And it looks good. It’s one of the few cars that seems to be aging gracefully, at least from the outside, instead of just quickly devolving into an amorphous blob like a BMW 3 Series always tends to do.
The V60 CC actually looks even better, however, than the regular old wagon. It’s got a two and a half inch lift over the regular car, which really isn’t much, but it gives the whole thing a much more imposing stance. A lot of cars look better lowered, and very few look better when they’re lifted. This, though, is basically a factory-made start at a proper Battlewagon.
But it’s the inside that counts, as your mother always told you. Which was a lie, but it doesn’t matter, because as we’ve already said the interior on this is damn near eight years old already and it’s starting to show. It’s almost an antique at this point. The two-tone leather is nice, but again, there’s not much Volvo could do otherwise.
The real inside though, the driving experience, isn’t so bad. The steering wheel is big and meaty, and the all-wheel-drive system will try its damndest to make sure you never, ever lose grip.
And I mean ever. Go to turn hit the “ESC OFF” button, which is supposed to turn all the electronic nannies off because that’s what the word “OFF” means, and all you’re met with is lies. The systems never quite turn off, and if anything, they’re just lessened somewhat.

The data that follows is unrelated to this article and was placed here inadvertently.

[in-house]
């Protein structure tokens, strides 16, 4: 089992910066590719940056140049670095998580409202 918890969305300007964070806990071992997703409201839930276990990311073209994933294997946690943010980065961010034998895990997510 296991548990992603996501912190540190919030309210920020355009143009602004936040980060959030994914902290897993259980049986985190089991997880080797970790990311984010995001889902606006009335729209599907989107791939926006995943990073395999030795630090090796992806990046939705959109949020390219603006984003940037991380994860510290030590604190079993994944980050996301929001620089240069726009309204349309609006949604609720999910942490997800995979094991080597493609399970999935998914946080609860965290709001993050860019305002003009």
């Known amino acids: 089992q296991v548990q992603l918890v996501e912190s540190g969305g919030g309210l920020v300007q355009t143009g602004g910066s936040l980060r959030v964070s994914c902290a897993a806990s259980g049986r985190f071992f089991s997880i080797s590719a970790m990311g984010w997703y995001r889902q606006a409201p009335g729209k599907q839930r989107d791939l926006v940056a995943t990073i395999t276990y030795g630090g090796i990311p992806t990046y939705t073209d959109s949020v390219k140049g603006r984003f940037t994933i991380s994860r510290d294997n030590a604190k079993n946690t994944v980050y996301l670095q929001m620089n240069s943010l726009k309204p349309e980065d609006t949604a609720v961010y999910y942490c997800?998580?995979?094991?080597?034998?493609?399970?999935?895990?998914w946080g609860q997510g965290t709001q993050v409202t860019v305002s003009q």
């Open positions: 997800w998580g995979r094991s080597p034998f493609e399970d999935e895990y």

Trying to do a snownut? Too bad, not going to happen. All you’re going to get is a weird, juddery circle, as the whole system goes into conniption fits trying to figure out just what the loon behind the wheel is exactly trying to do.
“Fun?!” it asks. “Sir would like ‘fun?’ But I don’t even know what that word means!” the computer gibbers to itself, before stutter-stepping straight over an understeer-y cliff.
You can get the back to break loose eventually, but you have to work way too hard to get it to happen, and completely overwhelm the system before you’ve got the rear wheels coming around. All that said, most people who get a Volvo wagon aren’t entering it into Formula Drift. They’re not trying to win over Vin Diesel. They’re just trying to get to where they’re going safely without any drama.
And in that regard, the car does alright. It doesn’t wallow like you might expect, and you get a remarkably large amount of feel from the front tires. The wagon part of the wagon gives you lots of room, and there’s even a little hill-descent mode to stop you from rolling end-over-end down your nearest Alp.
The five-cylinder, 250-horse, 266 pound-foot engine does an adequate job of getting to you where you need to be, even if the sound of it is a bit lame. Plus it’s ridiculously hard to actually get stuck.
It’s also got some technical goodies, like radar-guided cruise control, and a blind-spot system, which work.
It’s not the most exciting car under the sun, not for its MSRP of $49,775, fully loaded. Definitely not. But it’s a valiant attempt at doing something, when you can’t do anything else.
Photo Credits: Raphael Orlove